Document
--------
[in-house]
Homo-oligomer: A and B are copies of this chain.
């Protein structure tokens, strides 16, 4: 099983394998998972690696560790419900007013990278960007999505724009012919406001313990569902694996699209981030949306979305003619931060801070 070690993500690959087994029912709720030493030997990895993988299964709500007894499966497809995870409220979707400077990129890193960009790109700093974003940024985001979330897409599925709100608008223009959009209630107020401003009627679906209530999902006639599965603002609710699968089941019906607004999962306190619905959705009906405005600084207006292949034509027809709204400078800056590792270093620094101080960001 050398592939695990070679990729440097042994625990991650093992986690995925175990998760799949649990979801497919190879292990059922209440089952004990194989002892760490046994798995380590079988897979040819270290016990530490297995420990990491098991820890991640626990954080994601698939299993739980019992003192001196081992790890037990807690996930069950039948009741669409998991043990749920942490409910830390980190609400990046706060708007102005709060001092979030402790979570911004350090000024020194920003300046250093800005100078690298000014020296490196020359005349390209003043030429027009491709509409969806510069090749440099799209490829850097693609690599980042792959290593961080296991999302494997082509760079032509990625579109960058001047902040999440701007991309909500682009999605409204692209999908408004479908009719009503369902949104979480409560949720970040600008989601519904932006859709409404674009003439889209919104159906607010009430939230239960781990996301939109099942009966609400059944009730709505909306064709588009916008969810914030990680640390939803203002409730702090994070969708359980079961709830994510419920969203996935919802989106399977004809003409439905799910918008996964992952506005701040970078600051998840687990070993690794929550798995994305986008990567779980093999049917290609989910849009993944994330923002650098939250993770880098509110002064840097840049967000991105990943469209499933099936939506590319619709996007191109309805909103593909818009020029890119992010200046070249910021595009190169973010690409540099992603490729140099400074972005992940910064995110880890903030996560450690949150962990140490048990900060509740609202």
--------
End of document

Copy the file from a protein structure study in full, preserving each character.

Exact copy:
[in-house]
Homo-oligomer: A and B are copies of this chain.
């Protein structure tokens, strides 16, 4: 099983394998998972690696560790419900007013990278960007999505724009012919406001313990569902694996699209981030949306979305003619931060801070 070690993500690959087994029912709720030493030997990895993988299964709500007894499966497809995870409220979707400077990129890193960009790109700093974003940024985001979330897409599925709100608008223009959009209630107020401003009627679906209530999902006639599965603002609710699968089941019906607004999962306190619905959705009906405005600084207006292949034509027809709204400078800056590792270093620094101080960001 050398592939695990070679990729440097042994625990991650093992986690995925175990998760799949649990979801497919190879292990059922209440089952004990194989002892760490046994798995380590079988897979040819270290016990530490297995420990990491098991820890991640626990954080994601698939299993739980019992003192001196081992790890037990807690996930069950039948009741669409998991043990749920942490409910830390980190609400990046706060708007102005709060001092979030402790979570911004350090000024020194920003300046250093800005100078690298000014020296490196020359005349390209003043030429027009491709509409969806510069090749440099799209490829850097693609690599980042792959290593961080296991999302494997082509760079032509990625579109960058001047902040999440701007991309909500682009999605409204692209999908408004479908009719009503369902949104979480409560949720970040600008989601519904932006859709409404674009003439889209919104159906607010009430939230239960781990996301939109099942009966609400059944009730709505909306064709588009916008969810914030990680640390939803203002409730702090994070969708359980079961709830994510419920969203996935919802989106399977004809003409439905799910918008996964992952506005701040970078600051998840687990070993690794929550798995994305986008990567779980093999049917290609989910849009993944994330923002650098939250993770880098509110002064840097840049967000991105990943469209499933099936939506590319619709996007191109309805909103593909818009020029890119992010200046070249910021595009190169973010690409540099992603490729140099400074972005992940910064995110880890903030996560450690949150962990140490048990900060509740609202």